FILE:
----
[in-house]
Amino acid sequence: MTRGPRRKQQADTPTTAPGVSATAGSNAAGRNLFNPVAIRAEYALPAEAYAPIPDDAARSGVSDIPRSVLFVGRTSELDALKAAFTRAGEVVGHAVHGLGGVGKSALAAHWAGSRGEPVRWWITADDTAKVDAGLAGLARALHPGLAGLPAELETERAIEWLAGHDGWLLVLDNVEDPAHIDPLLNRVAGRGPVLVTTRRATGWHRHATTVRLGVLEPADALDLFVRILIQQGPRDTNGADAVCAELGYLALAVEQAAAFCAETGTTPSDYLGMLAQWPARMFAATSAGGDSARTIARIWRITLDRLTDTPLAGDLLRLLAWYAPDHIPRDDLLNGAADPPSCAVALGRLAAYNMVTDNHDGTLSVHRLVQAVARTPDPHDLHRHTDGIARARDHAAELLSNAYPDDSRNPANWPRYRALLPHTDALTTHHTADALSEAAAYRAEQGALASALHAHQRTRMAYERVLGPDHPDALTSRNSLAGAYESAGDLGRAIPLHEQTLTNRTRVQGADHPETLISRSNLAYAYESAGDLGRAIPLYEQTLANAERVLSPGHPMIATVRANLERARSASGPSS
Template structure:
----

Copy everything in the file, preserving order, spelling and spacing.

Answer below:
[in-house]
Amino acid sequence: MTRGPRRKQQADTPTTAPGVSATAGSNAAGRNLFNPVAIRAEYALPAEAYAPIPDDAARSGVSDIPRSVLFVGRTSELDALKAAFTRAGEVVGHAVHGLGGVGKSALAAHWAGSRGEPVRWWITADDTAKVDAGLAGLARALHPGLAGLPAELETERAIEWLAGHDGWLLVLDNVEDPAHIDPLLNRVAGRGPVLVTTRRATGWHRHATTVRLGVLEPADALDLFVRILIQQGPRDTNGADAVCAELGYLALAVEQAAAFCAETGTTPSDYLGMLAQWPARMFAATSAGGDSARTIARIWRITLDRLTDTPLAGDLLRLLAWYAPDHIPRDDLLNGAADPPSCAVALGRLAAYNMVTDNHDGTLSVHRLVQAVARTPDPHDLHRHTDGIARARDHAAELLSNAYPDDSRNPANWPRYRALLPHTDALTTHHTADALSEAAAYRAEQGALASALHAHQRTRMAYERVLGPDHPDALTSRNSLAGAYESAGDLGRAIPLHEQTLTNRTRVQGADHPETLISRSNLAYAYESAGDLGRAIPLYEQTLANAERVLSPGHPMIATVRANLERARSASGPSS
Template structure: